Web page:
At the ninth annual Forum for the Future of Agriculture (FFA) in Brussels on Tuesday, attendees discussed ways in which the world could meet the food and environmental security challenges at the heart of the UN's Sustainable Development Goals (SDGs).
Former EU environment Commissioner Janez Potočnik kicked off the talks and highlighted that achieving the SDGs, "will require the extraordinary effort of every societal and economic actor."
Potočnik added that the SDG's agreed last September, "represent nothing less than a change in the way we live and organise ourselves. Delivering on the SDGs is about delivering both food and environmental security at the same time."
"To do this, we must maximise our nutrient efficiency and move towards a circular economy that prevents waste and pollution throughout the food chain and in our societies."
Potočnik, the current chairman of the Rural Investment Support for Europe (RISE) Foundation and chair of this year's forum, underlined that saving the environment was, "not just up to governments and NGOs, it's everyone's job."
He added that, "most solutions will be quite basic in nature. We must disrupt and rethink innovation."
The Slovenian also acknowledged that actually implementing the SDGs and transforming the current agricultural model "is the greatest challenge we will face in this century and the next, and it comes at a difficult time, given the refugee crisis and a country possibly leaving the EU."
Nevertheless, he maintained that the only way forward was, "more Europe."
Next up was Achim Steiner, UN Under Secretary-General and Executive Director of UNEP, who shared with the audience that he himself had grown up the son of the farmer.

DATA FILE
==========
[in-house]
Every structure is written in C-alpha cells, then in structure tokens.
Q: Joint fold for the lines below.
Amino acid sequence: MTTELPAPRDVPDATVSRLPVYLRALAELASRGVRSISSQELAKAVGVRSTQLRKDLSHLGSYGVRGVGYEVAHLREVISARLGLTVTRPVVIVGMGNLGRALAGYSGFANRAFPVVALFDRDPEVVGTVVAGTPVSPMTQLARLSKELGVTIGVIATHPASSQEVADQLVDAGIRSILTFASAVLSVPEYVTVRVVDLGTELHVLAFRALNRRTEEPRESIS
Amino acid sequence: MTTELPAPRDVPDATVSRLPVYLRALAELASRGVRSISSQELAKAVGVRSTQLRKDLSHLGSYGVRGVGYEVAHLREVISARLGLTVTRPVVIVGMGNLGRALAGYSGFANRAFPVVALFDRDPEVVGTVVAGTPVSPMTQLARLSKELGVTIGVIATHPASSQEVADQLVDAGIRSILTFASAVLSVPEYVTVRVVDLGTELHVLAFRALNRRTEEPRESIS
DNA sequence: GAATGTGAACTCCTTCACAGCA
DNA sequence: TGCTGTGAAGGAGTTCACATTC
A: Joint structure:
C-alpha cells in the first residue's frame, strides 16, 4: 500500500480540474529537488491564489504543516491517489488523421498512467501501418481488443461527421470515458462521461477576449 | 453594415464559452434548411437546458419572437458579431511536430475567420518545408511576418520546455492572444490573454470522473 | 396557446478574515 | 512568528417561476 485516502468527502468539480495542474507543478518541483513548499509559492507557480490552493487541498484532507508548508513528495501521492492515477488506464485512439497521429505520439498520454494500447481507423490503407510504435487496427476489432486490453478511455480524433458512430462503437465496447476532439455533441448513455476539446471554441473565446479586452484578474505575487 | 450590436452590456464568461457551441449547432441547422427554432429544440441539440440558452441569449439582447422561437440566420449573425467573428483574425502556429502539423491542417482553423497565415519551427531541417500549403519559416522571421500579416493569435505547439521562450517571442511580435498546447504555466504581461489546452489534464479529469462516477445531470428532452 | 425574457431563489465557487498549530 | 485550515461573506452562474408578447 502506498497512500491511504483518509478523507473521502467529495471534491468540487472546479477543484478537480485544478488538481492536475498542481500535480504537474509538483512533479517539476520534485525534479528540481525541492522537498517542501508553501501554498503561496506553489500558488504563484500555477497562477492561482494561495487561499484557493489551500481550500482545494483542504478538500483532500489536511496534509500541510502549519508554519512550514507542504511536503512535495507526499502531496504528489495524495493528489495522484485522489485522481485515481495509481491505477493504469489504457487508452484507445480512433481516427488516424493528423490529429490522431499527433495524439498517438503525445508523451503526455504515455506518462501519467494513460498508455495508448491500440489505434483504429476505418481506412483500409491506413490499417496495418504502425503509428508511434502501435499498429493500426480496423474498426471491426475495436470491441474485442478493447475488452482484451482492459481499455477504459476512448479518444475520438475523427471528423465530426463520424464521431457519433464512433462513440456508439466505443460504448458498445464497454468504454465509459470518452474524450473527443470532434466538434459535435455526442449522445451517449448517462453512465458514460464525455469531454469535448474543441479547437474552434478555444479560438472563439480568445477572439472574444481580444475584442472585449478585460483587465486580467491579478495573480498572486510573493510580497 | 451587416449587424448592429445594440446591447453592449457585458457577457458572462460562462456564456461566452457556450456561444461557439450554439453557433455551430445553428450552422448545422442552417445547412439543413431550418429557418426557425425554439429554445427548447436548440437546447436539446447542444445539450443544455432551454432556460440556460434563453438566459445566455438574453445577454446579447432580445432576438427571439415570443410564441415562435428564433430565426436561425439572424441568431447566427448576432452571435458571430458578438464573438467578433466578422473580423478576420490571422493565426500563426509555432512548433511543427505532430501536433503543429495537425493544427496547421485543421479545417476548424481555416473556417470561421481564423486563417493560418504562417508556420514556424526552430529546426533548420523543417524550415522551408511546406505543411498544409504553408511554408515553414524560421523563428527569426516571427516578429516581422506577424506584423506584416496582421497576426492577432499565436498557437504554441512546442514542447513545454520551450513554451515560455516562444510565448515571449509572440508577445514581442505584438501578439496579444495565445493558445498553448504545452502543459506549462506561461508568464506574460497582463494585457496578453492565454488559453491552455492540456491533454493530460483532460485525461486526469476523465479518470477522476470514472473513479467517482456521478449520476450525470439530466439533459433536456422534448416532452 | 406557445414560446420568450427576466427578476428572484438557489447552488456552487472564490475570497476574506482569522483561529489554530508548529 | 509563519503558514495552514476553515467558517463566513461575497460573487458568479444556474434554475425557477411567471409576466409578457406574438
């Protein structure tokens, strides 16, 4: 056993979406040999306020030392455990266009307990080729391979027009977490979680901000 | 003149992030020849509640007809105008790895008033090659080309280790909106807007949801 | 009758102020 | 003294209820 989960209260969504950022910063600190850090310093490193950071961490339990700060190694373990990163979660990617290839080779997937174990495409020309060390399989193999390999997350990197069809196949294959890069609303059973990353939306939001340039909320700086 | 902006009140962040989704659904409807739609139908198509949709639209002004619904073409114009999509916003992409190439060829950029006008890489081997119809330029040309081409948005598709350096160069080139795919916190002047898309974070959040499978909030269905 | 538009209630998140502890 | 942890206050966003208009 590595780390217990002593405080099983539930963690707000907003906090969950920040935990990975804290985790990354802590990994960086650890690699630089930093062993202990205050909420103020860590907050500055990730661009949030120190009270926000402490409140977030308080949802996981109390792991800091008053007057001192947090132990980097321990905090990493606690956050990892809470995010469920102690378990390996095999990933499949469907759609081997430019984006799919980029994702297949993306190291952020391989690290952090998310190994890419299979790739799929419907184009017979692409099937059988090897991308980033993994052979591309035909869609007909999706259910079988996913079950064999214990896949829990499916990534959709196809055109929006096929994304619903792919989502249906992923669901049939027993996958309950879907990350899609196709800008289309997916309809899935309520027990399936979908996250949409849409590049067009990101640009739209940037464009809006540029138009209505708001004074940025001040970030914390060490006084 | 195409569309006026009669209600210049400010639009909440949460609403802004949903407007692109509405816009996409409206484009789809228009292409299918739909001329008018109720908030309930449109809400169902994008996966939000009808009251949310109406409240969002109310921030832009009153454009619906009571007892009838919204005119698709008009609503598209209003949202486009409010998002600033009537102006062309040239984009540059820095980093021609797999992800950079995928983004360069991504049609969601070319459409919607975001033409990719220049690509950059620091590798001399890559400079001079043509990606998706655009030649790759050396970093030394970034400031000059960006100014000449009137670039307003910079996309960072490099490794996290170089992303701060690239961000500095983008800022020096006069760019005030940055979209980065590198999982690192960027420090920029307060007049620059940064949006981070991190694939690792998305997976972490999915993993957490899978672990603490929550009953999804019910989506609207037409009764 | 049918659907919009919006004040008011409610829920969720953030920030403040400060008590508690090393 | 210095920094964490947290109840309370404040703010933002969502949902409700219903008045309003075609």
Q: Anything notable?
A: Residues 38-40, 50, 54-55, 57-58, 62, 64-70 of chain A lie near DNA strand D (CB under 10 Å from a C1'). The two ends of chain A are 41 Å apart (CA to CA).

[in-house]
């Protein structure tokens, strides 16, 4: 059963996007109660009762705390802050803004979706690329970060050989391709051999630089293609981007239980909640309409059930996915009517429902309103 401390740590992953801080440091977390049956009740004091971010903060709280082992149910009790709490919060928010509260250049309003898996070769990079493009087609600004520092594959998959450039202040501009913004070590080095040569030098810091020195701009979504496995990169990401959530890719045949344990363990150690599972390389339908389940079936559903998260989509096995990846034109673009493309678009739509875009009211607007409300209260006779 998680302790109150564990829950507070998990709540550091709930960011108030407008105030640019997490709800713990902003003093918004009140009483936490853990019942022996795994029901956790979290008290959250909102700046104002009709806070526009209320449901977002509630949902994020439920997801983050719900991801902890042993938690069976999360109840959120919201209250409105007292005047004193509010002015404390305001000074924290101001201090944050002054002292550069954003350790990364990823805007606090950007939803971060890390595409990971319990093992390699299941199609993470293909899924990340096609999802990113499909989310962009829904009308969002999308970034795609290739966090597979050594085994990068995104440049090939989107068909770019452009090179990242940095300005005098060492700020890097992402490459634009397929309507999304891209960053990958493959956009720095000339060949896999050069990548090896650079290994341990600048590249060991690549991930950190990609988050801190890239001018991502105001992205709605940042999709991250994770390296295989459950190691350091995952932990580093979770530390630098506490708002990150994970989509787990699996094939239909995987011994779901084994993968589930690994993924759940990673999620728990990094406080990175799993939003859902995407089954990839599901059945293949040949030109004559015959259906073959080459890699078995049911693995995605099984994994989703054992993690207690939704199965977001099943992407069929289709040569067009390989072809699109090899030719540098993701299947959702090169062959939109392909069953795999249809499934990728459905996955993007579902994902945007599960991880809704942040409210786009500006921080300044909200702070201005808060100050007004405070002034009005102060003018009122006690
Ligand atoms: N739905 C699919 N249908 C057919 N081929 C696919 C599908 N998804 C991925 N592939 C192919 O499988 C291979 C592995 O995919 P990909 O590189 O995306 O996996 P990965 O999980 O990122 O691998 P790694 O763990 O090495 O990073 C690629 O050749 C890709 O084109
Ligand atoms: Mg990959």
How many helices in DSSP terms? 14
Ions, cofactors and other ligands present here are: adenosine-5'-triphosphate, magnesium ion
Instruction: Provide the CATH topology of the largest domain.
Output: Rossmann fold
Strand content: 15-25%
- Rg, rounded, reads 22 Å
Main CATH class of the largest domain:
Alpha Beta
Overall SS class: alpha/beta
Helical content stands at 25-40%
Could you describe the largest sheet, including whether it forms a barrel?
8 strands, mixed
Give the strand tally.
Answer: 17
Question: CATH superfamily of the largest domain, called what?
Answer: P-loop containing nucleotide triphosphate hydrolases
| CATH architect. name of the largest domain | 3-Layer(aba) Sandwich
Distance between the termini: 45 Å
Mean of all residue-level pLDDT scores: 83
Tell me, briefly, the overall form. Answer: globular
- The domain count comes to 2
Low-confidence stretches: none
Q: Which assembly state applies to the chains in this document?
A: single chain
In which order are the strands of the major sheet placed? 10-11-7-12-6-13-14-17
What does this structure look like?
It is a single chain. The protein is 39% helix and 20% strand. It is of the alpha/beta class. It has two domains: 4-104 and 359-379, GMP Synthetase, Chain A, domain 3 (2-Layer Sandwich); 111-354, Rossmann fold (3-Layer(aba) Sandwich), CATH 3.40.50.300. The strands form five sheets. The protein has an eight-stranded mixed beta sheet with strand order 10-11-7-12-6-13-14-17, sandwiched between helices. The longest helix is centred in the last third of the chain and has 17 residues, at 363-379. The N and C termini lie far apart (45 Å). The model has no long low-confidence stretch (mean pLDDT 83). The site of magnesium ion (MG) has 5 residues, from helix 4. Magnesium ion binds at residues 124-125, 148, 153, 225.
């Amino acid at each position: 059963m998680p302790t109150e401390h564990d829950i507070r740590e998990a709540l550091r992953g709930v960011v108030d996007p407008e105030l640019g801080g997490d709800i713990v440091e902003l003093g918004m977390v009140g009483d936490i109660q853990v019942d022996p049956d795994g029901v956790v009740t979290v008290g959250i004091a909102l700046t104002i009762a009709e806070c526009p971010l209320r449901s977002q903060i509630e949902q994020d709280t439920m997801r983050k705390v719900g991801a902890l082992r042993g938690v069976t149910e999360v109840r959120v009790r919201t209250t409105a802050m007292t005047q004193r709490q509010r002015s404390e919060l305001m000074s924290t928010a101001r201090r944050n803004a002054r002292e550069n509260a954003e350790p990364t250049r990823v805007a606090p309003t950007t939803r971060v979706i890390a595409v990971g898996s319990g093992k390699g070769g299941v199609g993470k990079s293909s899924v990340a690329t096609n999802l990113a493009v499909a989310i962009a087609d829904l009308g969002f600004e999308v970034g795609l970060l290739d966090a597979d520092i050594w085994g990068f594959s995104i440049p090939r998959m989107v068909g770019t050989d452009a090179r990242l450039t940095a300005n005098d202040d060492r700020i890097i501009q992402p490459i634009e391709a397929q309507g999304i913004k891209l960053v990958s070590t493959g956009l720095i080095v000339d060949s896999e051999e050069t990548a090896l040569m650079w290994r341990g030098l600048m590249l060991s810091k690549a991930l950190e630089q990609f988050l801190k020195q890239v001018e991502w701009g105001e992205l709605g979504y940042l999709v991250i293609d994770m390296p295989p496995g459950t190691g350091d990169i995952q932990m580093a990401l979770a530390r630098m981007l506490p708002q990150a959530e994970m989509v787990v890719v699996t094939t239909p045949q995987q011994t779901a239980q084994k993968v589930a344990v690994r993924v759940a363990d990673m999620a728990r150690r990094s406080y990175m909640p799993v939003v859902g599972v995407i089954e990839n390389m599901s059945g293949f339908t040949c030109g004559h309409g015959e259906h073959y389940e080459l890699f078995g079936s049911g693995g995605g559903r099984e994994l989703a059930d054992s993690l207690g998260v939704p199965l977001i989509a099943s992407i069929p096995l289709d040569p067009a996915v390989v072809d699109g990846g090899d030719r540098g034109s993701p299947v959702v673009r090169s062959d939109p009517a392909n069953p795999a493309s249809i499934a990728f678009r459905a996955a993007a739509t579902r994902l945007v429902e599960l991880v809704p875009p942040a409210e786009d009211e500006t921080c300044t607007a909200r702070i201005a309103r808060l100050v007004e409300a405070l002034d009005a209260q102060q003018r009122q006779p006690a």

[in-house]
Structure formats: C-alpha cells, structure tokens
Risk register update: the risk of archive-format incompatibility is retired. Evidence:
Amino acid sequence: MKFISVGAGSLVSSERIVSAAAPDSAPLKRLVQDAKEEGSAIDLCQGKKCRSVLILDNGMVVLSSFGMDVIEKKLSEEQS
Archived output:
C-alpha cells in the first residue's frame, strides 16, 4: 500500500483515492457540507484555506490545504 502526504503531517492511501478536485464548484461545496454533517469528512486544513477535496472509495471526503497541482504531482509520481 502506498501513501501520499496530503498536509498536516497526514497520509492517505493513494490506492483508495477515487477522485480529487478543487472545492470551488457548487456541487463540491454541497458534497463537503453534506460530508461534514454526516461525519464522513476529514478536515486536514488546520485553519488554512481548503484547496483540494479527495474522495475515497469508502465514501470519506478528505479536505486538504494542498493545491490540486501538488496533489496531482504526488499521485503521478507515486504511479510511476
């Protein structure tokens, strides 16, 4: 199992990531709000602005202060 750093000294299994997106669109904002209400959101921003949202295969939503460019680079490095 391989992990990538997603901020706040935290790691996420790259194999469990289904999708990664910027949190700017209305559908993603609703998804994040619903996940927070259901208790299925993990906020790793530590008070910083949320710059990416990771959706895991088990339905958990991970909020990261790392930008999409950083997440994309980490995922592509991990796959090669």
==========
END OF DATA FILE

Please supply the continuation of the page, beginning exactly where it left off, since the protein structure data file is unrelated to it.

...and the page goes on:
In a keynote address to a packed auditorium, Steiner explained that modern-day farming was no longer simply about farmers making rational decisions, and that their process was now much more influenced by products available and market demand.
As such, he said, "even though farmers in Europe face very different choices and opportunities as those in Kenya, and their work must be understood within a national reality, they are still influenced in the same way by the global agricultural economy."
He warned that we were, "continuously compromising our ability to feed the world", and that a third of what is produced around the globe is not consumed. Steiner added that it would cost €44bn (€39bn) per year to end hunger by 2025.
He said that given our current levels of waste, "there is no question that the future of agriculture will have to be radically different." The problem, Steiner explained, was that current farming systems were engineered to maximise production - not optimise it.
The UN official also underlined that, "rethinking agriculture over the next 30 to 40 years may be as significant a challenge as tackling climate change."